Smith is particularly critical to Bragadin who is one of the few Italian writers whose book has been translated into English and, as a WW2 naval officer serving member of the SuperMarina, is therefore giving us a somewhat different story than what is usually seen from the run-of-the-mill WW2 writers.

      I recommend Bragadin’s book on the Italian Navy in WW2. Quite an eye-opener.


      • says:

        Thanks I will look it up. I’ve now read the whole book and it is quite bizarre because in his conclusions at the end he praises the San Marco marines but barely mentions them or their actions in the book. He praises the RA actions in the book but otherwise is pretty scathing about all things Italian and yet says it’s not clear if the victory was more Italian than German or vice versa indicating that despite the content of his book he believes the Italians played as much a part as the Germans. Very confused man!

  5. For those who want to read more about the operation – here is a link to Peter C. Smiths’s book about it:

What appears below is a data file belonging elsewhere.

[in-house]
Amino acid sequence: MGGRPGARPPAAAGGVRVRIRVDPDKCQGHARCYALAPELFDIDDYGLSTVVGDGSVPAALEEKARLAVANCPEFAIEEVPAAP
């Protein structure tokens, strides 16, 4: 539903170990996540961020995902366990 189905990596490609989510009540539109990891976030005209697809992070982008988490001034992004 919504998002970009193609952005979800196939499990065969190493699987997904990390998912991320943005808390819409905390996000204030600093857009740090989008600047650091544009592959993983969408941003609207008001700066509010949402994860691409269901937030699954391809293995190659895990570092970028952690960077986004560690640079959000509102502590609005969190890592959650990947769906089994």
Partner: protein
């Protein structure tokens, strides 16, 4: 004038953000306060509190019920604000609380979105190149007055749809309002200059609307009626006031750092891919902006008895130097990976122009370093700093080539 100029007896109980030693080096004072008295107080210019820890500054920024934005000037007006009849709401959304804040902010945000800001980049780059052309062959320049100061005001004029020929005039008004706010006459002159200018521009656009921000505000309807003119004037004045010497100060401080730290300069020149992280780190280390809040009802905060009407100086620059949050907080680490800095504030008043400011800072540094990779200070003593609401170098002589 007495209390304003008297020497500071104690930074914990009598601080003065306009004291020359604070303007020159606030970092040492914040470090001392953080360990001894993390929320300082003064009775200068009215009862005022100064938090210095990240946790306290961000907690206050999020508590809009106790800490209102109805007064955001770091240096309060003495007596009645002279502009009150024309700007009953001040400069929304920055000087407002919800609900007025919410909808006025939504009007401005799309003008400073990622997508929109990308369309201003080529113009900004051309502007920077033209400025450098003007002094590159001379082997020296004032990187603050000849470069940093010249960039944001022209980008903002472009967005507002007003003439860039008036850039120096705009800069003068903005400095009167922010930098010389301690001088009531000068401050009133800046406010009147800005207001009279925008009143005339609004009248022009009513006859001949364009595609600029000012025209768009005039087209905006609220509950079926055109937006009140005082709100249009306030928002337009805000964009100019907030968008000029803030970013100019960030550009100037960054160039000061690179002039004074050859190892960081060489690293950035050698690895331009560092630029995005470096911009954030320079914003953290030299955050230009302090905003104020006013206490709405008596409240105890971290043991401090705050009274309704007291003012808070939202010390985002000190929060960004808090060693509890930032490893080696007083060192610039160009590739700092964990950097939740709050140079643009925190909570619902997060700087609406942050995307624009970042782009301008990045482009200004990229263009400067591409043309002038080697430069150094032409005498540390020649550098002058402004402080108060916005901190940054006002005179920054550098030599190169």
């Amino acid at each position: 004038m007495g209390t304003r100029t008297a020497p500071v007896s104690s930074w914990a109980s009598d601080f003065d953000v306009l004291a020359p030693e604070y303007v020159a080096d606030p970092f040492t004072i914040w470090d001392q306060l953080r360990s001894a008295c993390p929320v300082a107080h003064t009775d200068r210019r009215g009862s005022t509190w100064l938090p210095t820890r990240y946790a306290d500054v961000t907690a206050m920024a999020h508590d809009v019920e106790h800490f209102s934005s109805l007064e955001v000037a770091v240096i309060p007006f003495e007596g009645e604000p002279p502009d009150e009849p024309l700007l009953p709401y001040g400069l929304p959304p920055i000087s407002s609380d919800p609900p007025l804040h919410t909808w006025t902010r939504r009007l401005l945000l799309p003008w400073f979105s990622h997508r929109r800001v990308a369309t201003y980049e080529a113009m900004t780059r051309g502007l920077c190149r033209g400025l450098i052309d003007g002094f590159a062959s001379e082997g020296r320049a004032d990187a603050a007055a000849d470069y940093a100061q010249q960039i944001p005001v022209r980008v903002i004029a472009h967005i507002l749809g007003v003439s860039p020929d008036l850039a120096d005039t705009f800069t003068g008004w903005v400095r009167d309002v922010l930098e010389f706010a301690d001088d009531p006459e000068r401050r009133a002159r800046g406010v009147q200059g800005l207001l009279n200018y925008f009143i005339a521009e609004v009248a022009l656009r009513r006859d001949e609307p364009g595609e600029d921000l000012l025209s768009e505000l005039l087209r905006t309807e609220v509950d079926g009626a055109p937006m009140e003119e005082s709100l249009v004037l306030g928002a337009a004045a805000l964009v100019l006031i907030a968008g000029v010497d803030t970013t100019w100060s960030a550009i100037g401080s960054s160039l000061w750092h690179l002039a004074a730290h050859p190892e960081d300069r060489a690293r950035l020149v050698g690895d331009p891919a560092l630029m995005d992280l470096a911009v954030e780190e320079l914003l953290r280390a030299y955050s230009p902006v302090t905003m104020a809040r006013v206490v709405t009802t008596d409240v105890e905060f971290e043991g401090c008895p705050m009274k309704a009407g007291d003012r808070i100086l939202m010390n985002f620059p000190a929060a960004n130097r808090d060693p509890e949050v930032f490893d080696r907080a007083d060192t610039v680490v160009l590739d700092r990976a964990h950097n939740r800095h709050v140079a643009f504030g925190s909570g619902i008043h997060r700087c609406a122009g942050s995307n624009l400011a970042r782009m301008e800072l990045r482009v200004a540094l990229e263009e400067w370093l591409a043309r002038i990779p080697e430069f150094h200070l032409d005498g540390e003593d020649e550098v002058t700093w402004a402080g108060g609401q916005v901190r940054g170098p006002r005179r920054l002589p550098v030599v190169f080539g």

6. Sid Guttridge says:

    I felt the article would have gained credibility if the style of writing less resembled fiction. The facts speak well enough for themselves without speculative, over descriptive battle descriptions, which tend towards “faction”.

    There are several quibbles. For example, were the German 88mm guns four in number or numerous? Why are we to think it was a CR42 pilot who followed the LRDG vehicle? How do we know that the British colonel was killed by a well aimed grenade and not an ill aimed one? It is this sort of unsupported assertion that makes it difficult to distinguish the hard facts from speculation.